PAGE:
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Minimum wage laws set to change

Published: June 7, 2017

BY JENNIFER PARSONS

Minimum wage workers in Ontario are poised to receive a four dollar increase in their wage if the Liberal’s Fair Workplaces, Better Job Act passes Queen’s Park later this year.

The proposed legislation announced last week would phase in a minimum wage increase that will see the rate hit $15 per hour by January 2019.

“Millions of workers in Ontario are finding it almost impossible to support their families on a minimum wage that just doesn’t go far enough,” said Premier Kathleen Wynne of the announcement made on May 31.

“It’s time this rate reflected the reality of people’s lives. Raising the minimum wage is about creating a fairer, more equal society where everyone gets to share in our province’s economic growth.”

Kenora-Rainy River MPP Sarah Campbell said in an interview last week she supported the increase noting the increase is “a start.”

“Really what it comes down to is a fundamental matter of fairness. I personally believe that no worker should be living in poverty and people deserve a living wage. We need to have respect for the work that people do.”

The government’s plan to increase the minimum wage to $14 per hour on January 1, 2018, and $15 per hour on January 1, 2019, followed by annual increases at the rate of inflation. The current rate is $11.40. The plan also addresses student wages, which would increase by $3.40 in 2019, and liquor servers who would see their base rate begin at $13.05.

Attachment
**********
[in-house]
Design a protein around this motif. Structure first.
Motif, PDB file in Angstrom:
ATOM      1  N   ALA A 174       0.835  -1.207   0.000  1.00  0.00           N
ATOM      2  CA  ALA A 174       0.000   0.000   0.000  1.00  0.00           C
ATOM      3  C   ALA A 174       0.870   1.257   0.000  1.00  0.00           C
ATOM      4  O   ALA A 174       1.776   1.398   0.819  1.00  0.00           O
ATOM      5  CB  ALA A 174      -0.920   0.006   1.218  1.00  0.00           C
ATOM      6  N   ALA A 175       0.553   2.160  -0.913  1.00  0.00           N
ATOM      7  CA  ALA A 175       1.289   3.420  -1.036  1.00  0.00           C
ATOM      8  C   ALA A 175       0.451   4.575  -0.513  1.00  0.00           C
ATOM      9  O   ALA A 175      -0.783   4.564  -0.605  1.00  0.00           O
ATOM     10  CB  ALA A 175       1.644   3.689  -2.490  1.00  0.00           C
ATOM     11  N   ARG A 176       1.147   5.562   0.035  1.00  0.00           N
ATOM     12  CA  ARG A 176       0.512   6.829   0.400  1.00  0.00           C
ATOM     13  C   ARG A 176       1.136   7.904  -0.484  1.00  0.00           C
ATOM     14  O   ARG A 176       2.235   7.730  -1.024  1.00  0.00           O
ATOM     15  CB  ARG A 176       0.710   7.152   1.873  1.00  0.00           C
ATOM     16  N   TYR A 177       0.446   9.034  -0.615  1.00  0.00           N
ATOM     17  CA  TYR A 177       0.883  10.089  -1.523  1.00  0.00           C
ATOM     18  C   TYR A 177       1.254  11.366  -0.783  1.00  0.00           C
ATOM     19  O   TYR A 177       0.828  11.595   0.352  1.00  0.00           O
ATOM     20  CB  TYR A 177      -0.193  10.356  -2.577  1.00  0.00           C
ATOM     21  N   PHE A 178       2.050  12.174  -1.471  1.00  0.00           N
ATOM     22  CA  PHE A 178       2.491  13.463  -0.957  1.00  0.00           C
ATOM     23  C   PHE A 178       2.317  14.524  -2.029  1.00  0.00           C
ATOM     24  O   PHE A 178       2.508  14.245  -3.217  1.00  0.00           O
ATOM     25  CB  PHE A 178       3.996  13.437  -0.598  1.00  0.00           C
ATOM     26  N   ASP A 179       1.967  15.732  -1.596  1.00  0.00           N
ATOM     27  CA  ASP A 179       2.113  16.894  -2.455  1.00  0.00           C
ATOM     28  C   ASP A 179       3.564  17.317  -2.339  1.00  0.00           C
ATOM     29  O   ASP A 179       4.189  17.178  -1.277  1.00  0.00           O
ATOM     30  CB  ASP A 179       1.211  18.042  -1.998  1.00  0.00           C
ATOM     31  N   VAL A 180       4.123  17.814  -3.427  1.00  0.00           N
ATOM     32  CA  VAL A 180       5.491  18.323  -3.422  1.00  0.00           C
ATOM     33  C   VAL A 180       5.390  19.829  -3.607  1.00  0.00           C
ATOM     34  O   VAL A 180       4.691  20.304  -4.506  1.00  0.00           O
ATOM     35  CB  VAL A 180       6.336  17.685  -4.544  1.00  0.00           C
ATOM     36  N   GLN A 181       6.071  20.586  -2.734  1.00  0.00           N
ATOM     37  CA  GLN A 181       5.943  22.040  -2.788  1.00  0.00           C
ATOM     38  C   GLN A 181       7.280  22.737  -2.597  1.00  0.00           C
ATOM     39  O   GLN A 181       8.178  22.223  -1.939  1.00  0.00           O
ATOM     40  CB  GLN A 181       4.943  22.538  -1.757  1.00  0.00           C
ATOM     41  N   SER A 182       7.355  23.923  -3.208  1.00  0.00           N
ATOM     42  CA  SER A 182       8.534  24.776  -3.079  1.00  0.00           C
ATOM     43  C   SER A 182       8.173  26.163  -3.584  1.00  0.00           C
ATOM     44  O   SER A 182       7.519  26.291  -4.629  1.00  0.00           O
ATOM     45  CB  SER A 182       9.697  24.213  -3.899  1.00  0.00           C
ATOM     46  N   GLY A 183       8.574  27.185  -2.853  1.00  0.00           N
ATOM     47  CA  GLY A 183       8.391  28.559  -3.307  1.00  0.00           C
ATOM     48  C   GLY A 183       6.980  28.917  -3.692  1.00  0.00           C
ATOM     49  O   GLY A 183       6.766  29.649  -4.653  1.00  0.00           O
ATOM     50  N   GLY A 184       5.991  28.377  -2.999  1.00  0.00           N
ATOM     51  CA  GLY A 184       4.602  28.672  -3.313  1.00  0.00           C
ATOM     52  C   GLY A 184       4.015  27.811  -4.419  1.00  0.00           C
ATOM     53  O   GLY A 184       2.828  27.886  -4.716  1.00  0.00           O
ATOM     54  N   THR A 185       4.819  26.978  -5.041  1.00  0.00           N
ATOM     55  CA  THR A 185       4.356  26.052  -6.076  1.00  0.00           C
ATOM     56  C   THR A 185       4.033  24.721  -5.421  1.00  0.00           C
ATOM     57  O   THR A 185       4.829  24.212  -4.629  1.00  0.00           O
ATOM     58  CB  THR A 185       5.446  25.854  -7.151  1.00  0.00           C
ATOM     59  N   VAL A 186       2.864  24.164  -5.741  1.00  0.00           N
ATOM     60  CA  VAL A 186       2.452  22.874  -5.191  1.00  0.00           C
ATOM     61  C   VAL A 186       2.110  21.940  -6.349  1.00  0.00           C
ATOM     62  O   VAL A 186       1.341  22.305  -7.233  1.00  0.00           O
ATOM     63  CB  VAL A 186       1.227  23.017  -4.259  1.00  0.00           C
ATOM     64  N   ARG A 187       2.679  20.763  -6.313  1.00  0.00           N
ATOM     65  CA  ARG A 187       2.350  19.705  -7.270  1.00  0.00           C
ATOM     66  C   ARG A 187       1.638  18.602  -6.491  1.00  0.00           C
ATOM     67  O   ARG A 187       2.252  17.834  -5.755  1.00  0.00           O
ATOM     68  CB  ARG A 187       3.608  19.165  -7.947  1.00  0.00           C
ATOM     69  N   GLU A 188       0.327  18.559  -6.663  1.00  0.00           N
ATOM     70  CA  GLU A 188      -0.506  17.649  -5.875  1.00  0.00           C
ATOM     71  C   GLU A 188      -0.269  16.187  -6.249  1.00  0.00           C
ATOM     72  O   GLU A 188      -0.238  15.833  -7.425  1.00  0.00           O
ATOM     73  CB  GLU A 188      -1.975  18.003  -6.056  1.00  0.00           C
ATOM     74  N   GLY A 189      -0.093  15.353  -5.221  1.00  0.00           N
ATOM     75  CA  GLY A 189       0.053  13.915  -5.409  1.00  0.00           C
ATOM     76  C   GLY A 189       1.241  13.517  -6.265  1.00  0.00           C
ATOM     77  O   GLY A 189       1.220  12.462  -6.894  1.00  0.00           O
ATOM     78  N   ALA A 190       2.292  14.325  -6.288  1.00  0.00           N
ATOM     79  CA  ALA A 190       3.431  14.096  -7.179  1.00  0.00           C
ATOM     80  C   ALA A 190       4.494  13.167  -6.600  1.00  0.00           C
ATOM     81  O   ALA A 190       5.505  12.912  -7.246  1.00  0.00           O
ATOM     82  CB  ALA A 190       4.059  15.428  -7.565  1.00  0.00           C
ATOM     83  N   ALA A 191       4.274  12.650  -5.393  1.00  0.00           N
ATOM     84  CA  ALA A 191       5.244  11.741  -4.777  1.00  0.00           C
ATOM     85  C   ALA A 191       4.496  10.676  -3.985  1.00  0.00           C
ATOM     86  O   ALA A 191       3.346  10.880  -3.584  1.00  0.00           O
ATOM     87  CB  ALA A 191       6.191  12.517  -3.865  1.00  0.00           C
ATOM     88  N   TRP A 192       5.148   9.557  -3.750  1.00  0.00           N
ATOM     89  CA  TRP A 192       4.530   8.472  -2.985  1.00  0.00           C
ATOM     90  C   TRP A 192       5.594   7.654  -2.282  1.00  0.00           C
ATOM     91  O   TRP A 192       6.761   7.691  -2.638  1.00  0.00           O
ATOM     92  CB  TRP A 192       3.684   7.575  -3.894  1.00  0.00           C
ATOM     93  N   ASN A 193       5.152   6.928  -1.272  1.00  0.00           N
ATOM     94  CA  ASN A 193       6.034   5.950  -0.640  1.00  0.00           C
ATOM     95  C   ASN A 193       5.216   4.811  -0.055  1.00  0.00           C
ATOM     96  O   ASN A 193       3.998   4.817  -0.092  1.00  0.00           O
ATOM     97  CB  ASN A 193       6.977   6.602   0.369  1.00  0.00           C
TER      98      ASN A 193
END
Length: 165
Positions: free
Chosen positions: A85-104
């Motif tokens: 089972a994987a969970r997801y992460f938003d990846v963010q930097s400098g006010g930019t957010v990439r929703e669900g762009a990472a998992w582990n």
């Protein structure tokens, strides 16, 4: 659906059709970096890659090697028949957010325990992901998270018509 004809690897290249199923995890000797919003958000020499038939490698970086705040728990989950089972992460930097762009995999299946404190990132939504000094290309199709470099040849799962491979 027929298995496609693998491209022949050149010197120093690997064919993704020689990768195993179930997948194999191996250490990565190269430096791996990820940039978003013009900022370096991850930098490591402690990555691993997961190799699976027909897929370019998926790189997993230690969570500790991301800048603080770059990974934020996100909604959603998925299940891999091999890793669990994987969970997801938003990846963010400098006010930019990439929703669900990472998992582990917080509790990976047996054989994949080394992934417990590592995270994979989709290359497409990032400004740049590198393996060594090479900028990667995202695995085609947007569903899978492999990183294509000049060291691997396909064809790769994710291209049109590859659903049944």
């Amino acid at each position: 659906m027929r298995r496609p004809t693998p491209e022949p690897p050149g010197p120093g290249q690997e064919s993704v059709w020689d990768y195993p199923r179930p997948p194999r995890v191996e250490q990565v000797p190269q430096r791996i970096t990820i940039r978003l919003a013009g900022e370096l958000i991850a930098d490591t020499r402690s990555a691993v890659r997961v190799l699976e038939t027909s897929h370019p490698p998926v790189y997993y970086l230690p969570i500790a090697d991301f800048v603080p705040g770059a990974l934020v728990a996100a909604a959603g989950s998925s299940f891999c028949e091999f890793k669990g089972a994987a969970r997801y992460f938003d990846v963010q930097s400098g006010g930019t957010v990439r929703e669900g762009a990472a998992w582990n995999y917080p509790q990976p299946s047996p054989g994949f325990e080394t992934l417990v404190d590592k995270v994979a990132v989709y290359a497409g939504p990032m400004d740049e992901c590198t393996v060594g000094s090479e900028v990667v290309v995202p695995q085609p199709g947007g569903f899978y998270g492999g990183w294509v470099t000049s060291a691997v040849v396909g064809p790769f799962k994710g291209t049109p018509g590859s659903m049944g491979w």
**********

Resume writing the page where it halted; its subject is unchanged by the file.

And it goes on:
Leaders in the business community were quick to question the increase noting small businesses are struggling with tight margins that are going to get tighter with the higher staff cost.

Campbell countered the concerns last week noting studies have countered the argument. 

“One of the main concerns that people have expressed is by increasing the minimum wage that that will put some jobs in jeopardy but there have been a number of studies that have looked at increases in the minimum wage over decades and decades and they have found that there is no correlation and in fact there is actually a net benefit because more money circulating in our economies means there is more money to spread around.”

The proposed legislation also includes equal pay for equal work provisions for casual, part-time temporary and seasonal employees, new rules for work scheduling and overtime pay and mandatory vacation allocations. 

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